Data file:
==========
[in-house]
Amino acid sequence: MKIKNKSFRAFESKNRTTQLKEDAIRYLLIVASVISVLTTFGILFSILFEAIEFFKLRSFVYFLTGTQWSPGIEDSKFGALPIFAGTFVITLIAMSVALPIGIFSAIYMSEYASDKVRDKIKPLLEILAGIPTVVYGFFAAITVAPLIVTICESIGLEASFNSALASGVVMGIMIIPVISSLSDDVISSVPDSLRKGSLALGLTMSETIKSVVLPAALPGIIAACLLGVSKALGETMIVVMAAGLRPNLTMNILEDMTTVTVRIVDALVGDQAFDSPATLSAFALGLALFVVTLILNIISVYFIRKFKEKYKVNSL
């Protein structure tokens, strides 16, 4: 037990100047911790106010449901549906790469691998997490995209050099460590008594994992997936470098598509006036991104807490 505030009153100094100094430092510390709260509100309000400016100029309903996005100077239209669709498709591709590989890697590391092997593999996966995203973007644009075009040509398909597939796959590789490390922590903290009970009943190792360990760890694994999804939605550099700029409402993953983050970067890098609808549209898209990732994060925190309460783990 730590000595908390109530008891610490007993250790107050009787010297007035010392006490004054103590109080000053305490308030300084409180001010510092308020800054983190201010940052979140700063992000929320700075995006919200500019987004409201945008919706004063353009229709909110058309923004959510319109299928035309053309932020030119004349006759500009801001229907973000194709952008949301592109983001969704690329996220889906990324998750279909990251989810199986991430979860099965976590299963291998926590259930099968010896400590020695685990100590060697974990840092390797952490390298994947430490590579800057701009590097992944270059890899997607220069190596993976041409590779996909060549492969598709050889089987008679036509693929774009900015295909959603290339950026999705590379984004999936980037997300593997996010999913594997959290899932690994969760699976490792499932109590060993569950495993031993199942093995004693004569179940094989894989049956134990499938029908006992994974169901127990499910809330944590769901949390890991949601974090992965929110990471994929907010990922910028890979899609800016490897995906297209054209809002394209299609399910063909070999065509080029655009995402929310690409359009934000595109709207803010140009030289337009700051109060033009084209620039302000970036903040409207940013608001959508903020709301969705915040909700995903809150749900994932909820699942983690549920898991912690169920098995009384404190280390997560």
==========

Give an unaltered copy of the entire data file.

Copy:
[in-house]
Amino acid sequence: MKIKNKSFRAFESKNRTTQLKEDAIRYLLIVASVISVLTTFGILFSILFEAIEFFKLRSFVYFLTGTQWSPGIEDSKFGALPIFAGTFVITLIAMSVALPIGIFSAIYMSEYASDKVRDKIKPLLEILAGIPTVVYGFFAAITVAPLIVTICESIGLEASFNSALASGVVMGIMIIPVISSLSDDVISSVPDSLRKGSLALGLTMSETIKSVVLPAALPGIIAACLLGVSKALGETMIVVMAAGLRPNLTMNILEDMTTVTVRIVDALVGDQAFDSPATLSAFALGLALFVVTLILNIISVYFIRKFKEKYKVNSL
């Protein structure tokens, strides 16, 4: 037990100047911790106010449901549906790469691998997490995209050099460590008594994992997936470098598509006036991104807490 505030009153100094100094430092510390709260509100309000400016100029309903996005100077239209669709498709591709590989890697590391092997593999996966995203973007644009075009040509398909597939796959590789490390922590903290009970009943190792360990760890694994999804939605550099700029409402993953983050970067890098609808549209898209990732994060925190309460783990 730590000595908390109530008891610490007993250790107050009787010297007035010392006490004054103590109080000053305490308030300084409180001010510092308020800054983190201010940052979140700063992000929320700075995006919200500019987004409201945008919706004063353009229709909110058309923004959510319109299928035309053309932020030119004349006759500009801001229907973000194709952008949301592109983001969704690329996220889906990324998750279909990251989810199986991430979860099965976590299963291998926590259930099968010896400590020695685990100590060697974990840092390797952490390298994947430490590579800057701009590097992944270059890899997607220069190596993976041409590779996909060549492969598709050889089987008679036509693929774009900015295909959603290339950026999705590379984004999936980037997300593997996010999913594997959290899932690994969760699976490792499932109590060993569950495993031993199942093995004693004569179940094989894989049956134990499938029908006992994974169901127990499910809330944590769901949390890991949601974090992965929110990471994929907010990922910028890979899609800016490897995906297209054209809002394209299609399910063909070999065509080029655009995402929310690409359009934000595109709207803010140009030289337009700051109060033009084209620039302000970036903040409207940013608001959508903020709301969705915040909700995903809150749900994932909820699942983690549920898991912690169920098995009384404190280390997560």